African Journal of
Food Science

  • Abbreviation: Afr. J. Food Sci.
  • Language: English
  • ISSN: 1996-0794
  • DOI: 10.5897/AJFS
  • Start Year: 2007
  • Published Articles: 817

Full Length Research Paper

Nutritional evaluation of cashew (Anacardium occidentale, l.) nut protein concentrate and isolate

Ogunwolu, S. O.1,2*, Henshaw, F. O.2, Oguntona, B. E.2 and  Afolabi, O. O.3
1Crop Processing and Utilization Division, Cocoa Research Institute of Nigeria, P.M.B. 5244, Ibadan, Oyo State, Nigeria. 2Department of Food and Human Ecology, Federal University of Agriculture, P.M.B. 2240, Abeokuta, Ogun State, Nigeria. 3Animal Nutrition Department, Institute of Agricultural Research and Training, Ibadan, Oyo State, Nigeria.
Email: [email protected]

  •  Received: 23 August 2014
  •  Accepted: 04 November 2014
  •  Published: 30 January 2015

Abstract

This study evaluated the nutritional qualities of a protein concentrate and an isolate produced from cashew nut. The nutritional qualities were evaluated by determining amino-acid composition, in vitro digestibility and anti-nutritional factors (tannins, trypsin inhibitor activity-TIA and phytic acid content) in the protein concentrate and isolate using standard analytical methods. The amino-acid with the highest concentration in defatted cashew nut powder (DCNP), cashew nut protein concentrates (CNPC), and cashew nut protein isolate (CNPI) was glutamic acid, which was found to be 22.5, 21.38, and 21.81 g/100 g, respectively. This was followed by leucine, aspartic acid and arginine, in that order. The amino-acid with the lowest concentration in DCNP, CNPC, and CNPI was cysteine. The sulphur-containing amino-acids and some other essential amino-acids (lysine, tryptophan, leucine, isoleucine, and tyrosine) in CNPI were not significantly different (p>0.05) from that of DCNP, but were significantly different from that of CNPC (p<0.05). CNPC and CNPI were rich in essential amino-acids, and based on the FAO/WHO recommended essential amino-acids pattern requirements for an infant, the limiting amino-acid in CNPC, and CNPI was lysine with chemical scores of 0.68, and 0.63 respectively. However, the anti-nutritional factors (tannins, TIA, and phytic acid contents) of CNPI were found to be lower than those in DCNP and CNPC, while those of CNPI and CNPC were within the range found in the commercial peanut and soy protein concentrates and isolates. The highest in vitro digestibility was observed in CNPI (95.30%), while CNPC (87.83%) had a higher value than DCNP (79.93%). The nutritional qualities of the protein concentrate and isolate from cashew nut were found to be comparable to those reported for commercial peanut and soy protein concentrates and isolates. Therefore, the cashew nut products could be suitable as additional source of protein ingredients in food formulations.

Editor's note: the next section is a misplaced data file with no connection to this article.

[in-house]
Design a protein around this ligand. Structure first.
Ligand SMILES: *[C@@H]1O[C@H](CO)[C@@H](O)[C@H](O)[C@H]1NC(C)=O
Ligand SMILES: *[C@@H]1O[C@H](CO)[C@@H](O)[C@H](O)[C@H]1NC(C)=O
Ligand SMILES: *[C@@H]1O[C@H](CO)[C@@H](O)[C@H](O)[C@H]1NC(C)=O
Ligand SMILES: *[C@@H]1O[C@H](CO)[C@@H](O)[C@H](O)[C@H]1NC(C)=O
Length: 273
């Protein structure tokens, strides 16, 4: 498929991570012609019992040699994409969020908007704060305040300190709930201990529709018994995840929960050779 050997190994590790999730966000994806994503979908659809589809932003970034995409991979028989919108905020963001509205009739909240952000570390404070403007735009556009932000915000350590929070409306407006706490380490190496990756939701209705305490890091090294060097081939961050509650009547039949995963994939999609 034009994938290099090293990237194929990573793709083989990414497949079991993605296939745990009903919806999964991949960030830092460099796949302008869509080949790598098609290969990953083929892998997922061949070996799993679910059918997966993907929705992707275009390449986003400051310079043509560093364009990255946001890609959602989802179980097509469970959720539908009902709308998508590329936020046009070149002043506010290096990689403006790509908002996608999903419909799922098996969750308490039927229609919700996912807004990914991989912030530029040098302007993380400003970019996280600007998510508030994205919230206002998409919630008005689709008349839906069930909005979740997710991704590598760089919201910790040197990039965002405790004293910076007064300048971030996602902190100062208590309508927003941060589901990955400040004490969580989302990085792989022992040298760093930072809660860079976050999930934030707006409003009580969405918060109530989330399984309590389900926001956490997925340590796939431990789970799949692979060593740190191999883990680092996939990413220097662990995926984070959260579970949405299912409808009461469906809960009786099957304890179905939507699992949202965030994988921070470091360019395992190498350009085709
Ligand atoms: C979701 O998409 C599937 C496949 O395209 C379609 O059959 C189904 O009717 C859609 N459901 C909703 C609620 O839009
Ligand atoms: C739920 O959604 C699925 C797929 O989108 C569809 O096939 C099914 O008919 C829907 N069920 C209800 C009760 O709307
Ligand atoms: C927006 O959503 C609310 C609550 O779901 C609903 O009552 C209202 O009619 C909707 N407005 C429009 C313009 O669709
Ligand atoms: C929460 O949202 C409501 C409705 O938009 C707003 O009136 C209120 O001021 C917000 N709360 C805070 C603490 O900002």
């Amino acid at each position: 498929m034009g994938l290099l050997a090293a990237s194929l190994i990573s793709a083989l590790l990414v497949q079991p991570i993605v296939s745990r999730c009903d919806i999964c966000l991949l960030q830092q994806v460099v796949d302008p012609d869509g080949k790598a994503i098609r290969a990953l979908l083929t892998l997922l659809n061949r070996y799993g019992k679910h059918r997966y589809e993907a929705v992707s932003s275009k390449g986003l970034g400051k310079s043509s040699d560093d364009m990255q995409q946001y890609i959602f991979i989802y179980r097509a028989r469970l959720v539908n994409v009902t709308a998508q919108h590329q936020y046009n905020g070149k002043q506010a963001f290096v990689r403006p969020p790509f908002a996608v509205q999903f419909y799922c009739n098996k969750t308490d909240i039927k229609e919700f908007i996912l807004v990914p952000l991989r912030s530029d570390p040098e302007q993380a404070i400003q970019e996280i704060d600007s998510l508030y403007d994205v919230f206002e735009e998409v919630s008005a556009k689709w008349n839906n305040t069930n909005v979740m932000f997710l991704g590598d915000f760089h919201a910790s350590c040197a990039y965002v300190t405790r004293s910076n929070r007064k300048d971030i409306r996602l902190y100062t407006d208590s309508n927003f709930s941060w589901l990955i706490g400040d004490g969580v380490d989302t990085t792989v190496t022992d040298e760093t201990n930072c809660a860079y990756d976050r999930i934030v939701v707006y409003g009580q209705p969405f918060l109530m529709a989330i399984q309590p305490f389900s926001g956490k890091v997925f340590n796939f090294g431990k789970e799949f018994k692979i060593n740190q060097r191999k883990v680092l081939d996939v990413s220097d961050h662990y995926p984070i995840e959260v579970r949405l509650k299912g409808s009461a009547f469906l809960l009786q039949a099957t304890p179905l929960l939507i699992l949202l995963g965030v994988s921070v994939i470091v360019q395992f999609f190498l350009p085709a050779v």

Key words: Cashew, protein, nutrition, isolate, concentrate.